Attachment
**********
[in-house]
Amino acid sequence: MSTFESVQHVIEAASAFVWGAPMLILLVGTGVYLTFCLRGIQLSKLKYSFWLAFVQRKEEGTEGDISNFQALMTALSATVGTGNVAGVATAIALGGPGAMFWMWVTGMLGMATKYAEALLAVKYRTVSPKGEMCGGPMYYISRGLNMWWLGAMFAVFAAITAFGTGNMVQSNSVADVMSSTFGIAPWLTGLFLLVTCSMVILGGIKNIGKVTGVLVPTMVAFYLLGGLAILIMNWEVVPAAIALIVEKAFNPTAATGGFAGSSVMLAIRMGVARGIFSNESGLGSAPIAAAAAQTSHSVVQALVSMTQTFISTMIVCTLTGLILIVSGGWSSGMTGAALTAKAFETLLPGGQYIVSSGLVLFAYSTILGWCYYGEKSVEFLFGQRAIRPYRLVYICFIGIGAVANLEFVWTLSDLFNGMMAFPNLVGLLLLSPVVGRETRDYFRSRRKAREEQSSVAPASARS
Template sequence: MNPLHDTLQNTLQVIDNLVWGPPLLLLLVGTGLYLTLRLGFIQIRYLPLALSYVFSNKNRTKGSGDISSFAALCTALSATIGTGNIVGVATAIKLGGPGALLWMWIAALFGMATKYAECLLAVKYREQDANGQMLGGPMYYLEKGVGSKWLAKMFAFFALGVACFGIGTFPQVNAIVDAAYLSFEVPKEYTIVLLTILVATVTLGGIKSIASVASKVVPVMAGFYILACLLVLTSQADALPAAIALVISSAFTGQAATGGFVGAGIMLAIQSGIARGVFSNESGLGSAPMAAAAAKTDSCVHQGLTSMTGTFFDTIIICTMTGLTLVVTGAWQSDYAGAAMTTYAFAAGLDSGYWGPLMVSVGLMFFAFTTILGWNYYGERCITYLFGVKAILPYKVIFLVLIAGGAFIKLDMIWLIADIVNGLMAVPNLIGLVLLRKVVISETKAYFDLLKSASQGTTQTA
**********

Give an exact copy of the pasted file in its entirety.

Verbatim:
[in-house]
Amino acid sequence: MSTFESVQHVIEAASAFVWGAPMLILLVGTGVYLTFCLRGIQLSKLKYSFWLAFVQRKEEGTEGDISNFQALMTALSATVGTGNVAGVATAIALGGPGAMFWMWVTGMLGMATKYAEALLAVKYRTVSPKGEMCGGPMYYISRGLNMWWLGAMFAVFAAITAFGTGNMVQSNSVADVMSSTFGIAPWLTGLFLLVTCSMVILGGIKNIGKVTGVLVPTMVAFYLLGGLAILIMNWEVVPAAIALIVEKAFNPTAATGGFAGSSVMLAIRMGVARGIFSNESGLGSAPIAAAAAQTSHSVVQALVSMTQTFISTMIVCTLTGLILIVSGGWSSGMTGAALTAKAFETLLPGGQYIVSSGLVLFAYSTILGWCYYGEKSVEFLFGQRAIRPYRLVYICFIGIGAVANLEFVWTLSDLFNGMMAFPNLVGLLLLSPVVGRETRDYFRSRRKAREEQSSVAPASARS
Template sequence: MNPLHDTLQNTLQVIDNLVWGPPLLLLLVGTGLYLTLRLGFIQIRYLPLALSYVFSNKNRTKGSGDISSFAALCTALSATIGTGNIVGVATAIKLGGPGALLWMWIAALFGMATKYAECLLAVKYREQDANGQMLGGPMYYLEKGVGSKWLAKMFAFFALGVACFGIGTFPQVNAIVDAAYLSFEVPKEYTIVLLTILVATVTLGGIKSIASVASKVVPVMAGFYILACLLVLTSQADALPAAIALVISSAFTGQAATGGFVGAGIMLAIQSGIARGVFSNESGLGSAPMAAAAAKTDSCVHQGLTSMTGTFFDTIIICTMTGLTLVVTGAWQSDYAGAAMTTYAFAAGLDSGYWGPLMVSVGLMFFAFTTILGWNYYGERCITYLFGVKAILPYKVIFLVLIAGGAFIKLDMIWLIADIVNGLMAVPNLIGLVLLRKVVISETKAYFDLLKSASQGTTQTA